- The Washington Times - Tuesday, August 5, 2003

Howard hits back

Sen. Joe Lieberman believes Howard Dean’s bid for president is a “ticket to nowhere” for the Democratic Party, and has advised the former Vermont governor that any candidate who opposes the war in Iraq and calls for a repeal of tax cuts now is just plain clueless.

Mr. Dean has a rebuttal for the Connecticut Democrat — and several of his rivals.

“I’m tired of politicians that say everything, promising everything. And that’s what the president does and that’s what the four Washington Democrats do,” Mr. Dean told NBC yesterday.

“The difference between my campaign and the four Washington campaigns is that we plan to beat the president by bringing enormous numbers of new people into the race,” Mr. Dean said. “The other guys plan to beat the president by trying to be a little bit like him. And I think that’s impossible. This is the most conservative, really almost radical, president that we’ve had. He certainly can’t be conservative if he doesn’t balance budgets.”

Al on Howard

The Rev. Al Sharpton is convinced that despite Mr. Dean’s much-ballyhooed Newsweek and Time magazine covers this week, the former Vermont governor is a passing fancy.

“I think the media has flavors every month,” Mr. Sharpton told Fox News yesterday. “I mean, it was John Edwards during the first part of the year. Now Dean. It’ll be somebody else.”

And summing up

Is it Easy Street for Howard Dean in his bid for the Democratic nomination?

“Not to put too fine a point on it, you are Leonidas at Thermopylae, Scott of the Antarctic, and Col. William Travis at the Alamo all rolled into one — namely, the gallant leader of a doomed band,” John O’Sullivan wrote in the Chicago Sun-Times yesterday.

“You are narrowly leading in Iowa and Massachusetts polls; you have raised large sums of money via the Internet; you are on the covers of Time and Newsweek; and a tailor’s dummy could seem lively alongside most of your rivals,” Mr. O’Sullivan noted.

Democrats, “by ramping up their criticism of President Bush over Iraq, seem intent on placing the Democratic Party on the wrong side of the defense and foreign policy issues that voters care most about in the aftermath of Sept. 11. … Which leaves the party hoping for an economic catastrophe to improve its fortunes.”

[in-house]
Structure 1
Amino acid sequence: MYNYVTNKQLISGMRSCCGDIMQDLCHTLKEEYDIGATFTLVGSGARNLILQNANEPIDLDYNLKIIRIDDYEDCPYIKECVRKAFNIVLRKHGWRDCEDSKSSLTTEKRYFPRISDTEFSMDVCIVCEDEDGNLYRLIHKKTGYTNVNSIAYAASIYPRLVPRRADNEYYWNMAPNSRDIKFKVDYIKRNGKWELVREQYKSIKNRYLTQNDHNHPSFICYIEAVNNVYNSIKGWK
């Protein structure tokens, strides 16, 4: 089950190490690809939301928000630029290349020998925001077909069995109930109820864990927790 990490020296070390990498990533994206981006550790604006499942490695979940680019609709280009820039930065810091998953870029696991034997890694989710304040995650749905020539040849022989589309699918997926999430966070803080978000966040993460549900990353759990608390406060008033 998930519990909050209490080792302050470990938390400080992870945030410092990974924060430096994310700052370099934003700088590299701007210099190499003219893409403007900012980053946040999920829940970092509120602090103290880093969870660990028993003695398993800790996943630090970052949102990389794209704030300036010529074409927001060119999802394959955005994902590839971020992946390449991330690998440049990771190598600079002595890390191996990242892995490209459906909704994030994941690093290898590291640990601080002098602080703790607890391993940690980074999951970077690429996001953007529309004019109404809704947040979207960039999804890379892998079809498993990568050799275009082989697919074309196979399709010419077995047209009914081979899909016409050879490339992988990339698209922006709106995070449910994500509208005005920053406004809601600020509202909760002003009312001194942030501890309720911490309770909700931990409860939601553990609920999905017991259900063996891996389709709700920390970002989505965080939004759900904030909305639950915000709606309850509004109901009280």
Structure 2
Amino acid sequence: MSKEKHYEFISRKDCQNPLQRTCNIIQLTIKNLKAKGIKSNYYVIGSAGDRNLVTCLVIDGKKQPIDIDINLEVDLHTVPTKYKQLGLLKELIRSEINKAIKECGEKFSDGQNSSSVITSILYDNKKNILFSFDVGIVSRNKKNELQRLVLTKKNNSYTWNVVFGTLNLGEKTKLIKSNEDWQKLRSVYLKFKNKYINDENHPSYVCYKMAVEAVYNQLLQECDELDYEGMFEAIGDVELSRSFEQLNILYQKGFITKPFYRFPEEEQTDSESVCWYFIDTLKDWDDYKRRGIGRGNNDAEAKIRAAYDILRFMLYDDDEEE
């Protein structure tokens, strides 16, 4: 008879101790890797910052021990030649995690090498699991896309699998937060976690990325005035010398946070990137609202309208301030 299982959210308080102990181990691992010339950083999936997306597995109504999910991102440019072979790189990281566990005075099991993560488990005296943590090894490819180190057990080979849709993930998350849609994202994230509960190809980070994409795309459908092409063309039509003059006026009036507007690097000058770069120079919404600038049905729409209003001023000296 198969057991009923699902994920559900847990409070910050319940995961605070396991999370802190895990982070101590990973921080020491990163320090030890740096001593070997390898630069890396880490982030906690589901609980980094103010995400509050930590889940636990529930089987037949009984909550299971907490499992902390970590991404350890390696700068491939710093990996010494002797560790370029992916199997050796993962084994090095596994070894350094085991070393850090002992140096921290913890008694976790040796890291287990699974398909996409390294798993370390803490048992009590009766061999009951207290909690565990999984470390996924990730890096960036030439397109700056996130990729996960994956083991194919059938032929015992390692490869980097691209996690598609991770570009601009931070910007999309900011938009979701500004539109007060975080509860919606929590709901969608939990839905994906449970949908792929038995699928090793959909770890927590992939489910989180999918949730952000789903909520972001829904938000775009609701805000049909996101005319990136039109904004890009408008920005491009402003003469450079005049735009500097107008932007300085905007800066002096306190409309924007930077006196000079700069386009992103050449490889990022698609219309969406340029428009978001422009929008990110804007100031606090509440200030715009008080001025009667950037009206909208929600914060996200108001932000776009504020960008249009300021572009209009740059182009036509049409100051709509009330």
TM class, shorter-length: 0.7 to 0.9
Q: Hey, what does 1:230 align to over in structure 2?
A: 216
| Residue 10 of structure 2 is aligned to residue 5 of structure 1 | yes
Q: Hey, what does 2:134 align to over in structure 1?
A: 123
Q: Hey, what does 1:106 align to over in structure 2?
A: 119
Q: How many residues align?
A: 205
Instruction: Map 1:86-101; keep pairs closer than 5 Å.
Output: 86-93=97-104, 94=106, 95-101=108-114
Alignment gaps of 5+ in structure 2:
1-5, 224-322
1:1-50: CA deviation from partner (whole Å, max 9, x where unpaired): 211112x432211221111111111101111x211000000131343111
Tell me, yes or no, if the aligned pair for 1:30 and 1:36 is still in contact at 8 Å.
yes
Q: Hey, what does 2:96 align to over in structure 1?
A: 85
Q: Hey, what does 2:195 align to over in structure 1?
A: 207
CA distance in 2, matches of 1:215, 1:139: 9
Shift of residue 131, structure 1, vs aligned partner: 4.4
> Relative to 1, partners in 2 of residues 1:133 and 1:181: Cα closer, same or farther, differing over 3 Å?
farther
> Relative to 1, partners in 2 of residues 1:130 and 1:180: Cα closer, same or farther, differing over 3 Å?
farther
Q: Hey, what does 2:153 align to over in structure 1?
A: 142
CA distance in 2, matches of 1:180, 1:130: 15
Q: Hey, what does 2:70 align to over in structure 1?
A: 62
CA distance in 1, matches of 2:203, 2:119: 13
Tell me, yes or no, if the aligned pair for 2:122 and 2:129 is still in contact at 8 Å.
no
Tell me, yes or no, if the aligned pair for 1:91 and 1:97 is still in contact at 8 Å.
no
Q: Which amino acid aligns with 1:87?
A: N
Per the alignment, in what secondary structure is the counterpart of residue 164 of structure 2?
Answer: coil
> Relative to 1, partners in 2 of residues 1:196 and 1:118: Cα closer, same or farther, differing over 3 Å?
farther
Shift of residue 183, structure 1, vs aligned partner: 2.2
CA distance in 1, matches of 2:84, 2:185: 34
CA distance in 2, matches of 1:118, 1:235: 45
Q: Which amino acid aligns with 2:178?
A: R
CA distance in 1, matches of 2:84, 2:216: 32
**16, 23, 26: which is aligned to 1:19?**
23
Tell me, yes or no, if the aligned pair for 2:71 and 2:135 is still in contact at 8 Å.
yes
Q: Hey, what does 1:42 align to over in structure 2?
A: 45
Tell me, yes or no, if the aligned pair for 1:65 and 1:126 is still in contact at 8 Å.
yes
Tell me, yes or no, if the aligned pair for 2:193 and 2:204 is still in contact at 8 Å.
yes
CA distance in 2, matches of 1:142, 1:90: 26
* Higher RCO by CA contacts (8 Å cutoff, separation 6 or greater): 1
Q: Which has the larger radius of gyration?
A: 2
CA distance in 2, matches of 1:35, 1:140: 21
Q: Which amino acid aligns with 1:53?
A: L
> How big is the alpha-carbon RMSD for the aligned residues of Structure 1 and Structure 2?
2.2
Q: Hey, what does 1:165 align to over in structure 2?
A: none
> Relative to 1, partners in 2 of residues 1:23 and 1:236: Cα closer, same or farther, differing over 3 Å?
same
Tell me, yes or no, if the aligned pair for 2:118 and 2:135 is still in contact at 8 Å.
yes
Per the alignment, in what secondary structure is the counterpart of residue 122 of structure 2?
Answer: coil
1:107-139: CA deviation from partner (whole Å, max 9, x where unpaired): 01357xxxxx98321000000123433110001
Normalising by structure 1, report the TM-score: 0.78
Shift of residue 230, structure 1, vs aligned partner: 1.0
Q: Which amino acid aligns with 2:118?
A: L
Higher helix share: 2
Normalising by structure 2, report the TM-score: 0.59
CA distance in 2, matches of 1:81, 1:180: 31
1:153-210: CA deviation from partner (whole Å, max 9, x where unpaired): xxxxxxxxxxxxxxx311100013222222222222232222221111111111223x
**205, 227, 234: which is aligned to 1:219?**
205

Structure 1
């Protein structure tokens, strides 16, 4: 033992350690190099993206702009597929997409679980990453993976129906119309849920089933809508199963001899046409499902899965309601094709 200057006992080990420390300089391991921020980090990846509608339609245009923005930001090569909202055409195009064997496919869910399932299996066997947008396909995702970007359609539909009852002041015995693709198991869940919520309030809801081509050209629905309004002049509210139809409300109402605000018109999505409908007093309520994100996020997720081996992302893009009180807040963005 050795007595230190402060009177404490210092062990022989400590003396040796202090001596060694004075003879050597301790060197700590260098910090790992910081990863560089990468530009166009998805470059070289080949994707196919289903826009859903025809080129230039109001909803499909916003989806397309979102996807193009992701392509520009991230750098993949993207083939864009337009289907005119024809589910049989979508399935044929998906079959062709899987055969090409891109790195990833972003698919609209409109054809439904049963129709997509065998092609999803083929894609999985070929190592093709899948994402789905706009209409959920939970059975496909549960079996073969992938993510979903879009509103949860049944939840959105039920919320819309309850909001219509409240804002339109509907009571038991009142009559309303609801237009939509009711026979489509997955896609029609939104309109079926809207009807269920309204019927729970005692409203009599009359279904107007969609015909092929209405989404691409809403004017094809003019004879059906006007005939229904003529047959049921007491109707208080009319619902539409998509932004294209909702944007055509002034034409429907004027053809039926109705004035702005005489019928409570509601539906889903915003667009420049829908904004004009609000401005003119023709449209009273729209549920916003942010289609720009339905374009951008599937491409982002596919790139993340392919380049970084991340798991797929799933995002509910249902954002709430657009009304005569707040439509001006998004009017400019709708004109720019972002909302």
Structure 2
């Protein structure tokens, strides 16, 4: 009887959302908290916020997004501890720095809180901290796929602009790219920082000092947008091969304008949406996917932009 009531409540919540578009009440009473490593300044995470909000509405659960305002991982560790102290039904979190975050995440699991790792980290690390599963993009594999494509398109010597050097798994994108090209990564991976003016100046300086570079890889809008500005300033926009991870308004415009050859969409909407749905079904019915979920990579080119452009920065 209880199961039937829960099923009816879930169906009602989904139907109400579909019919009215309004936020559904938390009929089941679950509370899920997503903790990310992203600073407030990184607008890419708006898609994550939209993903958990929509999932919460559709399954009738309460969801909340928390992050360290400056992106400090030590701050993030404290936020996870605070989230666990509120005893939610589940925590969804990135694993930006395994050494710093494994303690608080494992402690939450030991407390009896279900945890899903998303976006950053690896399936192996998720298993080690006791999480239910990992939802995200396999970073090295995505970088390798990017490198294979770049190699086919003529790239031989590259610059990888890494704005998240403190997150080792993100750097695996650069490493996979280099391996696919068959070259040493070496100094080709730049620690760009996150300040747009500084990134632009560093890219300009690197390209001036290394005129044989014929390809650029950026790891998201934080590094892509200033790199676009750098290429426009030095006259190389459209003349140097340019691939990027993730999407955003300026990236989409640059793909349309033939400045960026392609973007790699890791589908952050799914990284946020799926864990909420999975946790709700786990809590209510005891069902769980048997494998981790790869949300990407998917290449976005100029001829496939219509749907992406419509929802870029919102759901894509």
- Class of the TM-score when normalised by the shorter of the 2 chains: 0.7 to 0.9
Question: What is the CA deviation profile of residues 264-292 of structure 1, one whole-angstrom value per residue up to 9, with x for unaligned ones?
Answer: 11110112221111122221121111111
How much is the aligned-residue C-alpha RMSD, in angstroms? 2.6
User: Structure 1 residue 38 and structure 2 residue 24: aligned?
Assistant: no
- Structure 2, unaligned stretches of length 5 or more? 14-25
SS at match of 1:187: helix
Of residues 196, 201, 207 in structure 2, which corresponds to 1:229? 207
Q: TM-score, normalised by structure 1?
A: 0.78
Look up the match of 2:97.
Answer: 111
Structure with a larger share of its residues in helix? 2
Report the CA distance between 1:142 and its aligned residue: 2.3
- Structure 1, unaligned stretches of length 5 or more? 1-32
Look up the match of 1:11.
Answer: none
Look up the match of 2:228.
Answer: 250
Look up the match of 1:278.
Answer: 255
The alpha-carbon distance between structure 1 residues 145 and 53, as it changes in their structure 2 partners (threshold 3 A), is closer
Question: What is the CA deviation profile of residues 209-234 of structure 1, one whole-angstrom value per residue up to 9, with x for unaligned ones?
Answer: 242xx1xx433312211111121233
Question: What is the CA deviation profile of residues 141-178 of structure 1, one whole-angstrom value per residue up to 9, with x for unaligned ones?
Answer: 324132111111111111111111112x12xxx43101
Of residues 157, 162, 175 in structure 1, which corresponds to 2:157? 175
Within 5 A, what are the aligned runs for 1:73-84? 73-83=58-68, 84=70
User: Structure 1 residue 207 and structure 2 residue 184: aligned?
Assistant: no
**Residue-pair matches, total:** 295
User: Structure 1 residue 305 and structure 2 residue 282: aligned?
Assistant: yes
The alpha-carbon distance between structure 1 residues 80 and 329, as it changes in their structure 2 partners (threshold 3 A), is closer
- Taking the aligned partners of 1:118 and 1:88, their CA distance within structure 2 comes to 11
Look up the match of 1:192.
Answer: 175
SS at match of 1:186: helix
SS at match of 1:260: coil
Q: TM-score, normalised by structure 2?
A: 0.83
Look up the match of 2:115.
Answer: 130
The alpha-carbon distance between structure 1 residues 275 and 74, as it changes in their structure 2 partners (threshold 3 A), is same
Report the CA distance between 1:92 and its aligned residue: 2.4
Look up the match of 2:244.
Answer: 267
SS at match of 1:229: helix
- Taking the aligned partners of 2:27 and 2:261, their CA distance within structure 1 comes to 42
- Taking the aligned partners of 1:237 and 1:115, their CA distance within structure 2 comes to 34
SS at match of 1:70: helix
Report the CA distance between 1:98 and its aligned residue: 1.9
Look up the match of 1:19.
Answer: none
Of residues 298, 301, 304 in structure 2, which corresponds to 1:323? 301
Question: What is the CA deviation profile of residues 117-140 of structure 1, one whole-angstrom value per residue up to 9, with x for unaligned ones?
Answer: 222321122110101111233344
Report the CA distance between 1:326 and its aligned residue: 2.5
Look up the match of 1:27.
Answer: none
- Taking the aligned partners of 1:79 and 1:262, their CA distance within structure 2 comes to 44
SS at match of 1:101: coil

But it looks like the economy is reviving, Mr. O’Sullivan said.

“However ambitious you may be, however ruthless you fancy yourself, however badly you want to win, you will never bring yourself to campaign on issues like illegal immigration and cutting government spending. You have internalized multiculturalism and Keynesianism too thoroughly to think seriously on these topics. You will go down to defeat in a thoroughly principled way.”

Tilting at windbags

Meanwhile, Sen. Joe Lieberman, Connecticut Democrat, aspires to “save his party from the Angry Left,” wrote James Taranto of the Wall Street Journal’s OpinionJournal.com yesterday.

“Lieberman’s own career illustrates how the demands of the Democratic Party pull usually reasonable politicians to the left,” he observed.

“Meanwhile, Lieberman’s erstwhile running mate, Al Gore, seems to have gone off the rails,” Mr. Taranto wrote. “Gore will be speaking to a gathering of MoveOn.org — the far-left, pro-Saddam group whose online ‘primary’ gave Howard Dean a victory over second-place Dennis Kucinich — at New York University on Thursday. Saving the Democrats from themselves is a noble goal, but it seems a hopeless task. Maybe Lieberman ought to consider a different tack: switching parties.”

Gray matter

California Gov. Gray Davis may be battling a recall, but the Democrat is taking time out Friday night to join HBO “Real Time” host Bill Maher for a heart-to-heart.

Also appearing on the show will be Donna Brazile, Al Gore’s 2000 campaign manager; Rep. David Dreier, California Republican; and comedian Janeane Garofalo, who had a second career as an antiwar protester earlier this year.